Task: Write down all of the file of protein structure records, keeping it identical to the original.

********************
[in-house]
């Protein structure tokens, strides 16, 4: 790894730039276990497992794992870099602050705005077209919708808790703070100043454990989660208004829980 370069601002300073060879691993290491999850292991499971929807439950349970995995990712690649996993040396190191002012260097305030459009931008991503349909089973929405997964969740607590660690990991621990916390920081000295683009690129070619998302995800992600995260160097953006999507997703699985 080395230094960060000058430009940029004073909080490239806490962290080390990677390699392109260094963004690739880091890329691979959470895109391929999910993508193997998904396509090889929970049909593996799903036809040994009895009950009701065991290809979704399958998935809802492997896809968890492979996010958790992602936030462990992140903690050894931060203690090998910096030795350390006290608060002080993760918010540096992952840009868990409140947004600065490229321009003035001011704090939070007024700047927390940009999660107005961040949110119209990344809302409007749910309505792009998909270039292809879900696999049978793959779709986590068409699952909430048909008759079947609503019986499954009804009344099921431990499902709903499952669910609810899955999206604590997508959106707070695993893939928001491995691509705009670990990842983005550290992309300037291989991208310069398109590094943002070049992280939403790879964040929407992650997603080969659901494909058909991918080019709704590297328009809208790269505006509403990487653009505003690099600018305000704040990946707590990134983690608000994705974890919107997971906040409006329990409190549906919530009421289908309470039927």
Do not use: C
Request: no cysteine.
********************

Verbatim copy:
[in-house]
């Protein structure tokens, strides 16, 4: 790894730039276990497992794992870099602050705005077209919708808790703070100043454990989660208004829980 370069601002300073060879691993290491999850292991499971929807439950349970995995990712690649996993040396190191002012260097305030459009931008991503349909089973929405997964969740607590660690990991621990916390920081000295683009690129070619998302995800992600995260160097953006999507997703699985 080395230094960060000058430009940029004073909080490239806490962290080390990677390699392109260094963004690739880091890329691979959470895109391929999910993508193997998904396509090889929970049909593996799903036809040994009895009950009701065991290809979704399958998935809802492997896809968890492979996010958790992602936030462990992140903690050894931060203690090998910096030795350390006290608060002080993760918010540096992952840009868990409140947004600065490229321009003035001011704090939070007024700047927390940009999660107005961040949110119209990344809302409007749910309505792009998909270039292809879900696999049978793959779709986590068409699952909430048909008759079947609503019986499954009804009344099921431990499902709903499952669910609810899955999206604590997508959106707070695993893939928001491995691509705009670990990842983005550290992309300037291989991208310069398109590094943002070049992280939403790879964040929407992650997603080969659901494909058909991918080019709704590297328009809208790269505006509403990487653009505003690099600018305000704040990946707590990134983690608000994705974890919107997971906040409006329990409190549906919530009421289908309470039927």
Do not use: C
Request: no cysteine.